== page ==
The effectiveness of business games depends on the extent to which they enhance students' management skills. Interestingly, the results differ by country, as students from different European cultures often value different managerial skills. Furthermore, students from different countries often value specific managerial skills over generic ones. For this reason, studies on business games should be done with students from the same cultural context. These differences might be especially relevant in Europe. The EHEA's homogeneous educational trends are likely to conflict with coexisting cultural contexts.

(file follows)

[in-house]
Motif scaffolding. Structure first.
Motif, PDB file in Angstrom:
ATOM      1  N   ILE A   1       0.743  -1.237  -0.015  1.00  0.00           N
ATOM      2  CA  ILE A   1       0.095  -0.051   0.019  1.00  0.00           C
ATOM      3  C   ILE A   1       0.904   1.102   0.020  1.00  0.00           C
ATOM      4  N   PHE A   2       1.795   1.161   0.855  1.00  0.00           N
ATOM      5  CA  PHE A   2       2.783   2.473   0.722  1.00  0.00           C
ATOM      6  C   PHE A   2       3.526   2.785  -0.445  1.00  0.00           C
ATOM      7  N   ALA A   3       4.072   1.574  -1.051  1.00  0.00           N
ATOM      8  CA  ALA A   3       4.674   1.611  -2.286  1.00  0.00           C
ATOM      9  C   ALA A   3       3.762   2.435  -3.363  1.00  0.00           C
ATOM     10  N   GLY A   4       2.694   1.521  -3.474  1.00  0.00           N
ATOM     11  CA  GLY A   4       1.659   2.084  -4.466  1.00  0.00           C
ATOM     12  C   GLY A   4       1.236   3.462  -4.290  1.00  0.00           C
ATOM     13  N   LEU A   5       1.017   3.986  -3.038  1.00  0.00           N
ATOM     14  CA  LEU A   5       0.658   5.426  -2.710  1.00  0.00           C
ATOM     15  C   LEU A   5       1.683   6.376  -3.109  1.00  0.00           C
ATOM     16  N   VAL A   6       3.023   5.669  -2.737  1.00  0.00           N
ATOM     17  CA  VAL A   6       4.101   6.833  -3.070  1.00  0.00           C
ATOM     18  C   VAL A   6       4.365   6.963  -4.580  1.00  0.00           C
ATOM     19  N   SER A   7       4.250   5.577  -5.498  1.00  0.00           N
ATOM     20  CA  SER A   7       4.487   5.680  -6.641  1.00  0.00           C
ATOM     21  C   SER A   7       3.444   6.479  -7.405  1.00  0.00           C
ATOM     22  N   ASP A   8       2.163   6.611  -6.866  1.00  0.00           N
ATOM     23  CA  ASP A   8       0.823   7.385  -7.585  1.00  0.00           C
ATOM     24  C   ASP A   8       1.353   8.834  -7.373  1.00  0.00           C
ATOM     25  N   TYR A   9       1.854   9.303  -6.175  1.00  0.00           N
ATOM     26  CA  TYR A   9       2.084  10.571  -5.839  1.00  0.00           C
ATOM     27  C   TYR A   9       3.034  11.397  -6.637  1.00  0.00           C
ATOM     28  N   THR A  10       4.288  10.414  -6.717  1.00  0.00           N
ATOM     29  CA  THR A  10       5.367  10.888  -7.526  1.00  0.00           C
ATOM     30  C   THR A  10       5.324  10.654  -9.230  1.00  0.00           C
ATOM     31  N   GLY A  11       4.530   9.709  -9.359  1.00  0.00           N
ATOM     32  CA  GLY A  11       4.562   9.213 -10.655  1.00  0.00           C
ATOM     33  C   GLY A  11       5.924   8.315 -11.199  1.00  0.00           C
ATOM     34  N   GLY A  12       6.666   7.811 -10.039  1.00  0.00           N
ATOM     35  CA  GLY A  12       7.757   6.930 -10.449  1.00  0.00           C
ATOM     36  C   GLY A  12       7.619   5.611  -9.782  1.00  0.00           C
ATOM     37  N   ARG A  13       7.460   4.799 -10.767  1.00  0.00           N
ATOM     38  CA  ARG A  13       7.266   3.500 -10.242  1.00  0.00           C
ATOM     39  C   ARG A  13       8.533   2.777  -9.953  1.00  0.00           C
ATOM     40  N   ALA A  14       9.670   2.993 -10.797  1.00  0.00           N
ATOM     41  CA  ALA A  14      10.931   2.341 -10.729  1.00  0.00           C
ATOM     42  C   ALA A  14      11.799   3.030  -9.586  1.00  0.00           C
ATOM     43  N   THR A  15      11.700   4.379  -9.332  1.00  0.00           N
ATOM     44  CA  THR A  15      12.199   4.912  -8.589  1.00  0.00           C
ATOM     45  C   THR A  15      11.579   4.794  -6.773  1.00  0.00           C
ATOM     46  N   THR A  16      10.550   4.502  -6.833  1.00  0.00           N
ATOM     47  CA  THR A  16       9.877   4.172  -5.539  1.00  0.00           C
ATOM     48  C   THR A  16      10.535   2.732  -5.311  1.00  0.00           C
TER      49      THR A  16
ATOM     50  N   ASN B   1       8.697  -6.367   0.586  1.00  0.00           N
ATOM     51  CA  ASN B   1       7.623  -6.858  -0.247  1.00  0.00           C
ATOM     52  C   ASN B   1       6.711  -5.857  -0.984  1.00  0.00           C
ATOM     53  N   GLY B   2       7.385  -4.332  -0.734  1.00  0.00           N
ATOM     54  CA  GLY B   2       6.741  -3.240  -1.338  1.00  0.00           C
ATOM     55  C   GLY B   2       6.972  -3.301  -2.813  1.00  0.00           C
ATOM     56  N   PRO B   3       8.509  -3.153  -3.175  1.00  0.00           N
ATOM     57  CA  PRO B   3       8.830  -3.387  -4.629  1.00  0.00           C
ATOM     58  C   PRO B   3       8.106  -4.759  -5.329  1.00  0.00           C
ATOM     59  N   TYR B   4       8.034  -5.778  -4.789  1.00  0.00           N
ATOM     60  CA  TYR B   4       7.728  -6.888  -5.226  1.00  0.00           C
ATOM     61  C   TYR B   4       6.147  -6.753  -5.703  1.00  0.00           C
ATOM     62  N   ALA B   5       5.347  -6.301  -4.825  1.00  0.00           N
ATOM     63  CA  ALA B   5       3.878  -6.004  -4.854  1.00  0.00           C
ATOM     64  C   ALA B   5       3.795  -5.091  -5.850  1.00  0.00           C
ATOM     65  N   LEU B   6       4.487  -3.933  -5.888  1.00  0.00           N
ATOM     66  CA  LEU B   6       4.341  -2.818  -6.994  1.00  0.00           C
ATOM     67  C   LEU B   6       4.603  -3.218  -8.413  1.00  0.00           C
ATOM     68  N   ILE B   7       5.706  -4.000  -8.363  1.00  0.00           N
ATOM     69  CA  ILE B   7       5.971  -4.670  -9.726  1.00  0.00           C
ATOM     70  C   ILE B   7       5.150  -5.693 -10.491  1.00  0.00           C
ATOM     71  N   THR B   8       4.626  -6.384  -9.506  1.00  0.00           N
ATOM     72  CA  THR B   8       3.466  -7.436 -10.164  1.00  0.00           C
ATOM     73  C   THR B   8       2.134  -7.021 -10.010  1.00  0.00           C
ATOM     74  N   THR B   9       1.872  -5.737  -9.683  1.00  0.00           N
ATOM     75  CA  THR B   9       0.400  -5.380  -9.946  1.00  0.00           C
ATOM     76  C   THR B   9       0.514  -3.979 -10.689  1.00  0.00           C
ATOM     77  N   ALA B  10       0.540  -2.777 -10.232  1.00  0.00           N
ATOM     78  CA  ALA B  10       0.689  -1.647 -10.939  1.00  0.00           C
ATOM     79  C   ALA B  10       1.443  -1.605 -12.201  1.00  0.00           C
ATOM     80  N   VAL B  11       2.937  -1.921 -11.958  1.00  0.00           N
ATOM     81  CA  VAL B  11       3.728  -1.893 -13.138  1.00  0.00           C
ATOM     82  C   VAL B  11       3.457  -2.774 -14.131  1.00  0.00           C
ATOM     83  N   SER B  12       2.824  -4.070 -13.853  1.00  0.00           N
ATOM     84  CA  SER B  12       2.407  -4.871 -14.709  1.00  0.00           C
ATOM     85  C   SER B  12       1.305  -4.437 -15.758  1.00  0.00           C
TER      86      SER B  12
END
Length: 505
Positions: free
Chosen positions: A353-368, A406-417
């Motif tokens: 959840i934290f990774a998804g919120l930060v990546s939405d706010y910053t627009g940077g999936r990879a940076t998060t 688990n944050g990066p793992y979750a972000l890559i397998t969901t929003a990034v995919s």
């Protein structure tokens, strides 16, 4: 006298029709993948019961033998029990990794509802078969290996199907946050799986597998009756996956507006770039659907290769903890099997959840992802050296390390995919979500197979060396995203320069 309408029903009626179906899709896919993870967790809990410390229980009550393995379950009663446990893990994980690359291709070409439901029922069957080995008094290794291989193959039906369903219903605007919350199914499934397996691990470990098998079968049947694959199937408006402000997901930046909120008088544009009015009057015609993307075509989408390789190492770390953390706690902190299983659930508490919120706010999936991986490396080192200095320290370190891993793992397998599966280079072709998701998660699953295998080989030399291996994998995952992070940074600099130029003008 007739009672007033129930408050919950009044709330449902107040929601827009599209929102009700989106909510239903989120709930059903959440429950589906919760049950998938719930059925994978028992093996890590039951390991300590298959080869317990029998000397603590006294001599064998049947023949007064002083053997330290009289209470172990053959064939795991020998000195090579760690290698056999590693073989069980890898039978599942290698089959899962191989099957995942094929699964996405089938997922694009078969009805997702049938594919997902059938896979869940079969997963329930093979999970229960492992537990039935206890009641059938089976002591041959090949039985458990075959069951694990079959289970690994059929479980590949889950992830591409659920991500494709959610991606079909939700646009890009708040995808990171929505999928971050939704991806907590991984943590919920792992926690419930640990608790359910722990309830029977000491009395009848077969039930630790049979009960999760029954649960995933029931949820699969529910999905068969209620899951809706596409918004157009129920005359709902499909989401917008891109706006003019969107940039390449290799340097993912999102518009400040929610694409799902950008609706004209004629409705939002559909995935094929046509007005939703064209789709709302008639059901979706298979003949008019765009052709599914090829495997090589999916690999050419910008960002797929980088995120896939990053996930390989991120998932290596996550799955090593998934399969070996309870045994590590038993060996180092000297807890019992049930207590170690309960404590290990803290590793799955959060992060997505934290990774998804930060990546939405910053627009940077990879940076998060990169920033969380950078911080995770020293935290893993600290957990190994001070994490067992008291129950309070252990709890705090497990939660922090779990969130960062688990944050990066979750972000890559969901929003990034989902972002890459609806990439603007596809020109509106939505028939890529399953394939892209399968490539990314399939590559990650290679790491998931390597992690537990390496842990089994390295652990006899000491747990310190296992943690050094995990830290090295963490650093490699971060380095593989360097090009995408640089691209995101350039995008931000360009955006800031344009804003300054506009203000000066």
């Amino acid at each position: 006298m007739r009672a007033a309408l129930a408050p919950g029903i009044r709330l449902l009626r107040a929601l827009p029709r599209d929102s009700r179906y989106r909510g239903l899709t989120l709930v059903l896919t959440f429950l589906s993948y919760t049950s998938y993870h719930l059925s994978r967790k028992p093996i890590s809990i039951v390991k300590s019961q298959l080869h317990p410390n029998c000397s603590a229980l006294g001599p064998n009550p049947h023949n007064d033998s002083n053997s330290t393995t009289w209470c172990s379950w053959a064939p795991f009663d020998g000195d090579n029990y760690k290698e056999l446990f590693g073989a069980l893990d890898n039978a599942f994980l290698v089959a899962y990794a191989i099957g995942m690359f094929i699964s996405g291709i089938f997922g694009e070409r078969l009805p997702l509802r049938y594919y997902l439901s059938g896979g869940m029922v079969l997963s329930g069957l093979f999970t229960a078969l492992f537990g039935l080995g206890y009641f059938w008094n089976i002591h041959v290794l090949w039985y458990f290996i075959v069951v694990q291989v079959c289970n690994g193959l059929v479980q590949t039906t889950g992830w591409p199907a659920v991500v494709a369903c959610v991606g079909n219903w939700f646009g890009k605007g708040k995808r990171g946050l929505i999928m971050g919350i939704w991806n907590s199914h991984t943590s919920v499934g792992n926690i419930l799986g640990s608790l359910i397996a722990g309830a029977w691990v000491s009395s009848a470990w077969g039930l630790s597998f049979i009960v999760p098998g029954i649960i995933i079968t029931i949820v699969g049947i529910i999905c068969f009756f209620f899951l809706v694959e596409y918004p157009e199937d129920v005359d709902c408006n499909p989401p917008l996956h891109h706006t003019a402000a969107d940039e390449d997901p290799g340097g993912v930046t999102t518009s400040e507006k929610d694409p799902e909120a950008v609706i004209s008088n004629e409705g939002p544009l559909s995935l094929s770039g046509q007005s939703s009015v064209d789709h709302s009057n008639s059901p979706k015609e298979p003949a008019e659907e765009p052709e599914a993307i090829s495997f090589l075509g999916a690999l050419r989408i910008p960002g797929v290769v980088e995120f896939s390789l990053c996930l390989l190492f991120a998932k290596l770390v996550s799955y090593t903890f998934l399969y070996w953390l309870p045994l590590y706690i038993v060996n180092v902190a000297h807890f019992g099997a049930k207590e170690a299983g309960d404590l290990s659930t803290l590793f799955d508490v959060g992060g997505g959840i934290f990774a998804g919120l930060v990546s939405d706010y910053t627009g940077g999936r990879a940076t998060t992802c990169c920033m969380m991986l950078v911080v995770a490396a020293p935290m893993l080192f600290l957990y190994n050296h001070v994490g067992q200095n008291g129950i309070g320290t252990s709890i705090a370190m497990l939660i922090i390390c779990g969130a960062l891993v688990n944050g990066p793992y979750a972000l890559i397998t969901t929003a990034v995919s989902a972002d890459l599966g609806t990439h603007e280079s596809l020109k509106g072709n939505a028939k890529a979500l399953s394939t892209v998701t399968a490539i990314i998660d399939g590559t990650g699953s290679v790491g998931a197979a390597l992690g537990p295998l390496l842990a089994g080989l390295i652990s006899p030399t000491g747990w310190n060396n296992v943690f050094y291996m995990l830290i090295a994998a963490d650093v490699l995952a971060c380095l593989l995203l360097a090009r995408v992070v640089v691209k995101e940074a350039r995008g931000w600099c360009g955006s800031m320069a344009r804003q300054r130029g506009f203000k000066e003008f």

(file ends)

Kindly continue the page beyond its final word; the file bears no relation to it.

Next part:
The study also looked at how students perceive learning from business games. Students of different cultures had different perceptions of the educational value of these simulations, and these differences reflected the cultural contexts. Therefore, Jeff Lerner says that teachers should adjust their roles to suit the students' learning models. This study adds value to the analysis of the effectiveness of business games. So, why are business simulations effective? The answer lies in the fact that they promote the development of soft skills.